The flowers of Erica plukenetii, the coat-hanger heath and in Afrikaans known as hangertjie (little pendant), are usually pendulous or drooping (cernuous) as in the photo.
The flowers of this species have many colours and forms, a notable one being the two-toned flowers of previously recognised E. plukenetii var. bicarinata in which the sepals have a different colour to the corolla. Although no varieties of E. plukenetii are upheld anymore, there are five recognised subspecies, all growing in the Western Cape. Pink, orange, red-purple and white with green lobes are some of the colours the flowers may present.
The flowers grow solitary on long peduncles that vary between 8 mm and 12 mm in length. The bracts behind the flower are small and remote from the calyx. The membranous sepals are long, lanceolate, keeled and tapering to their tips. They are thin and dry.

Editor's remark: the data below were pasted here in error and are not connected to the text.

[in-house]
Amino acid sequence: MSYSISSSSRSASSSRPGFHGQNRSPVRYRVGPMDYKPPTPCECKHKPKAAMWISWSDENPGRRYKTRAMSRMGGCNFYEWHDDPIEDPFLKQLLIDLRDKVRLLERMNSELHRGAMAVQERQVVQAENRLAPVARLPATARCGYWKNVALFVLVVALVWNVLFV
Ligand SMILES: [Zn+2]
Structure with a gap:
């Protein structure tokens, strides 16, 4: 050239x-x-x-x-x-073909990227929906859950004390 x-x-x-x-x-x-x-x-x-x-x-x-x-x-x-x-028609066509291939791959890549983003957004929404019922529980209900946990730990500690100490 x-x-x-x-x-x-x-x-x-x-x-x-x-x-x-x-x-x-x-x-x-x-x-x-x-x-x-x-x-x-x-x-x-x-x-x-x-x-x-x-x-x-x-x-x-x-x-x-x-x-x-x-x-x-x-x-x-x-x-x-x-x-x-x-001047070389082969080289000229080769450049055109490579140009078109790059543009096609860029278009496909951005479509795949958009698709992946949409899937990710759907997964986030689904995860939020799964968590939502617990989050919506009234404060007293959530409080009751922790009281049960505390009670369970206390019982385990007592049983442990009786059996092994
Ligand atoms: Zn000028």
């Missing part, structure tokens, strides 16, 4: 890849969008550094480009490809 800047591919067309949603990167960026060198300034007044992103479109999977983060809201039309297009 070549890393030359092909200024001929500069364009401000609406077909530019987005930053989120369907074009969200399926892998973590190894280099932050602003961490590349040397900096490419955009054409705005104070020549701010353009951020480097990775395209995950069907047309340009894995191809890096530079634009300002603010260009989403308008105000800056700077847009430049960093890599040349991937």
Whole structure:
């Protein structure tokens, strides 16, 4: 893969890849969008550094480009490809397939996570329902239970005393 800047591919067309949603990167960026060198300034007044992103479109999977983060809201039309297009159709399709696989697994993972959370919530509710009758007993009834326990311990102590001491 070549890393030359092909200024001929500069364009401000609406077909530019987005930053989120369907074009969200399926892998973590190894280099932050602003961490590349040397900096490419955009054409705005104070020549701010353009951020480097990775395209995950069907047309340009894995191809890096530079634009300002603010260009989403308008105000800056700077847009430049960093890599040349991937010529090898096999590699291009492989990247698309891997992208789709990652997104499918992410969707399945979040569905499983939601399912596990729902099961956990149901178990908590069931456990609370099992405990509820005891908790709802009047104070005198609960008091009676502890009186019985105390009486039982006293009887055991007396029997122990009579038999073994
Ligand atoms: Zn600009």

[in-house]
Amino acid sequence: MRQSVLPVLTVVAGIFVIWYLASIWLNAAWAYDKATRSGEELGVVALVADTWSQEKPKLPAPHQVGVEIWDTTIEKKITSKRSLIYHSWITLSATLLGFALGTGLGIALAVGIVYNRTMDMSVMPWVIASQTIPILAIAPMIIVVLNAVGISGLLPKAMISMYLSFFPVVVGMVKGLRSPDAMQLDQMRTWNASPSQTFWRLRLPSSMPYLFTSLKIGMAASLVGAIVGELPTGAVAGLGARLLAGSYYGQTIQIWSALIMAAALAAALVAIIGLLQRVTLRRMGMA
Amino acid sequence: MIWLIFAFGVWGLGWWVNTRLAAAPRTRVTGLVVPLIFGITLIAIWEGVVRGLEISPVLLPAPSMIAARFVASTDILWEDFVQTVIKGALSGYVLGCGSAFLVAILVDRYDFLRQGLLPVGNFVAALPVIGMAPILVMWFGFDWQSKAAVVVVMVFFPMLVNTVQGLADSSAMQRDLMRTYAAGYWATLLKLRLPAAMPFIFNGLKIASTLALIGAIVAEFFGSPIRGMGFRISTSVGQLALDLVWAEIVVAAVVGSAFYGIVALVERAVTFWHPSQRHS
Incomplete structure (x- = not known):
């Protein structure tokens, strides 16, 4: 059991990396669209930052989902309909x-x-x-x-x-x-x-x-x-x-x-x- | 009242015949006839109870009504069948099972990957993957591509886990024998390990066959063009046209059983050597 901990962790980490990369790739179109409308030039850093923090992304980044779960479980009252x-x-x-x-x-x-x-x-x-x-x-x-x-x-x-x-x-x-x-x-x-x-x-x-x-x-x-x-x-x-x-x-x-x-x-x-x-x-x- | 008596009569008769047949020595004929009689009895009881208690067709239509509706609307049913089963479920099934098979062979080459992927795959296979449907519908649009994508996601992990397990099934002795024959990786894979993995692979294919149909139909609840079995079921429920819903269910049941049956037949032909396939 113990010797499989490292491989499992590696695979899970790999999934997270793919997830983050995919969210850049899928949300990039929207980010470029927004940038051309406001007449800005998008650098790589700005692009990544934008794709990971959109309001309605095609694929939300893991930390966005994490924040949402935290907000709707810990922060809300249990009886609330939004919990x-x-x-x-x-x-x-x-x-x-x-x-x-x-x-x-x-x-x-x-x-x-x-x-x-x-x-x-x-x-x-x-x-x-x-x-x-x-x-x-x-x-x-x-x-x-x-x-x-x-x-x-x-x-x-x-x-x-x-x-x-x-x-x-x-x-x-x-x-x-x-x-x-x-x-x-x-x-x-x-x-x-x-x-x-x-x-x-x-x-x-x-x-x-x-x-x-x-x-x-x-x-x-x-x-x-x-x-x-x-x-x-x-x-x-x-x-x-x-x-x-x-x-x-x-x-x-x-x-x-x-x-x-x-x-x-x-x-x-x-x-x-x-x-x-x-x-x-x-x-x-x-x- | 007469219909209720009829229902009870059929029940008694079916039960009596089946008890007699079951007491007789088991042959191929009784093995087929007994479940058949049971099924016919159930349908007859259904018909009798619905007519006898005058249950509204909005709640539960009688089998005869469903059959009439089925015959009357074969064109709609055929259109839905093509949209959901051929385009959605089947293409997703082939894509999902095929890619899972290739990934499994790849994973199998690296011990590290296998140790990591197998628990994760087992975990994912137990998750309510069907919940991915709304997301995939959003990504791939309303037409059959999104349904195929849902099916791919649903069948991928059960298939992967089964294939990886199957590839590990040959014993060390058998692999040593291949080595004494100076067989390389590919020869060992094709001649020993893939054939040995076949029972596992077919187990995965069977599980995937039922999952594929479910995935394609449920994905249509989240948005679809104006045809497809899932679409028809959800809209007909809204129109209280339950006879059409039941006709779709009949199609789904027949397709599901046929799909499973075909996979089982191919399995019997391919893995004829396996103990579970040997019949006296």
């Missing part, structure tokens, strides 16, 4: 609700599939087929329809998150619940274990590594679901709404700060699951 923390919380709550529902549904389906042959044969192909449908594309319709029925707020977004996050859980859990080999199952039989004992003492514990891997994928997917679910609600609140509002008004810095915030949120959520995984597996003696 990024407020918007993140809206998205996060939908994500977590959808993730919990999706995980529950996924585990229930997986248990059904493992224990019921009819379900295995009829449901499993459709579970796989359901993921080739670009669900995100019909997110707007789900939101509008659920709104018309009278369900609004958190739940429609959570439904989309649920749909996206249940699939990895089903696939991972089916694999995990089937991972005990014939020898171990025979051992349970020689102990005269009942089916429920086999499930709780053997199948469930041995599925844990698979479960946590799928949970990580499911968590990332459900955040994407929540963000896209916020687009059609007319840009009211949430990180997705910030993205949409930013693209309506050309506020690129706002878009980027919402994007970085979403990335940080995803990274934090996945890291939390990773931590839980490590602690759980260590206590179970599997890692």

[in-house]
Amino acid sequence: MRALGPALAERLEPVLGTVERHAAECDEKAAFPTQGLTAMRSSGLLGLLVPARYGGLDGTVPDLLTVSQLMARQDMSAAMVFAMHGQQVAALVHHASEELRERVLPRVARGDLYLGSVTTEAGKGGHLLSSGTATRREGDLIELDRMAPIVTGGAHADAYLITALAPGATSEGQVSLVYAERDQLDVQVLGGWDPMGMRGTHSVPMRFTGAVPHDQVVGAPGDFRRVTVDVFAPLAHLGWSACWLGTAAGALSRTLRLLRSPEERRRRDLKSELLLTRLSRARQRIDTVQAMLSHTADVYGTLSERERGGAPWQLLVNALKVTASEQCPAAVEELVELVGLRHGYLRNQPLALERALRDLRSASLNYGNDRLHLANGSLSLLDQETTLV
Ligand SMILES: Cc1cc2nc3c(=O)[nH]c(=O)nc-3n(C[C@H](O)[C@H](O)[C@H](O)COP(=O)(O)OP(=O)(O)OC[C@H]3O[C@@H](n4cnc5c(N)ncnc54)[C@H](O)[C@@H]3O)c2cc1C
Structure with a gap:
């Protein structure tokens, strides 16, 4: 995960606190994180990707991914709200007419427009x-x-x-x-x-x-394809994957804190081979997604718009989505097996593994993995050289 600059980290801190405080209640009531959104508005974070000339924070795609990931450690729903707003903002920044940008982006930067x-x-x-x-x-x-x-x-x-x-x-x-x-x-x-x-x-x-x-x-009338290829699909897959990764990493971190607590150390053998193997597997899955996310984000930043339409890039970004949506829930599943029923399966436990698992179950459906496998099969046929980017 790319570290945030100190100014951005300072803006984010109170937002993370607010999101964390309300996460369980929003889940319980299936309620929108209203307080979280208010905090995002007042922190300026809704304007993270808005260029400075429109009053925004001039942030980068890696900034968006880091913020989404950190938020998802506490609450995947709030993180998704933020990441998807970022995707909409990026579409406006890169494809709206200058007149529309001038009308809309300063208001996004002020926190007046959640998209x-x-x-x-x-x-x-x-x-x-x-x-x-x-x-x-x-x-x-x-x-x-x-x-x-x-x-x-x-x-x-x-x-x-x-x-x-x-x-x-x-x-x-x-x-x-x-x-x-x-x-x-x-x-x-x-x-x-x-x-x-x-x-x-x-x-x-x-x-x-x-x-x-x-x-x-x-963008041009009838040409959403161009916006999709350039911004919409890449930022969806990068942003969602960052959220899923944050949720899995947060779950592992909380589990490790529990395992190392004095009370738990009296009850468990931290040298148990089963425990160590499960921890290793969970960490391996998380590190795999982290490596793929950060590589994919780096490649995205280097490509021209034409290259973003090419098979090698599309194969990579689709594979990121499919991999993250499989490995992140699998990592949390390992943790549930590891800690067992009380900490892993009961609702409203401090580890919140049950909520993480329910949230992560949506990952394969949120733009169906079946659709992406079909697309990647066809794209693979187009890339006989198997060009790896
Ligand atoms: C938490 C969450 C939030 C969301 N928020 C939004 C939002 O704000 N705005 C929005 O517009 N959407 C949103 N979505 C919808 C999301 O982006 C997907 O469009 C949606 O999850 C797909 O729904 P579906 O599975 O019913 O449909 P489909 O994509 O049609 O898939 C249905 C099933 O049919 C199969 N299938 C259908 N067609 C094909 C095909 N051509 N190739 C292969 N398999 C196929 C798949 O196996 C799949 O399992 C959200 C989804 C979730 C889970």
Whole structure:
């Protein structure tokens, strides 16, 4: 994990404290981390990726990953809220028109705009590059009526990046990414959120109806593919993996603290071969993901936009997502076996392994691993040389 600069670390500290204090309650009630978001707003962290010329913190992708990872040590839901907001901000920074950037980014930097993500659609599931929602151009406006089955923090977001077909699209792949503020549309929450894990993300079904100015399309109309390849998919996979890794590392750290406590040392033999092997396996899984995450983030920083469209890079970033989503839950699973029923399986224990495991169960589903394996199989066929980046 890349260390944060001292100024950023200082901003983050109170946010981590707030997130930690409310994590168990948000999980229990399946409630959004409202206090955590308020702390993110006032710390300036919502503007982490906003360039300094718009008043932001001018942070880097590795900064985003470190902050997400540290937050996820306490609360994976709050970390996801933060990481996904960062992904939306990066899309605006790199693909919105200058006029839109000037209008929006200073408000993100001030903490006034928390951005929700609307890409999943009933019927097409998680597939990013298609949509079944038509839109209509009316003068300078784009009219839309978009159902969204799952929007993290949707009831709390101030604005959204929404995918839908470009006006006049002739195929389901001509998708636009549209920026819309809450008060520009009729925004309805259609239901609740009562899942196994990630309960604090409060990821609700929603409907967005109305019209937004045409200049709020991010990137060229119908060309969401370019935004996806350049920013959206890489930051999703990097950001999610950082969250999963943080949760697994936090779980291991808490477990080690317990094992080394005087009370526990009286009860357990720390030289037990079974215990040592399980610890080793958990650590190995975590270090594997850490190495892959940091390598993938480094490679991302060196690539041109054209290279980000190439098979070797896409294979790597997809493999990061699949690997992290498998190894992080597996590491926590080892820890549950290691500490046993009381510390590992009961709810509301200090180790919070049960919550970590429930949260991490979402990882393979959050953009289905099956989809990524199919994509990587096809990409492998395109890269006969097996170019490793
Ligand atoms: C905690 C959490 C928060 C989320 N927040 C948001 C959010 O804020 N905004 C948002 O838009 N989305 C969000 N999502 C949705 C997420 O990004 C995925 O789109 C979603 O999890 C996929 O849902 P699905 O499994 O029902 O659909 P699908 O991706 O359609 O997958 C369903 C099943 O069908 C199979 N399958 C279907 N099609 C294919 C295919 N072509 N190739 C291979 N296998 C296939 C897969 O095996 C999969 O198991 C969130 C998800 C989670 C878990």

The corolla varies in length between 13 mm and 18 mm, the tube variably inflated near its base and slightly curved. The corolla lobes usually do not curve, but they are pointed, sometimes acutely, sometimes obtusely. The exserted, brown (or sometimes yellowish) anthers are long and linear.
Flowering happens throughout the year although less in summer (Baker and Oliver, 1967; Clarke and Mackenzie, 2007).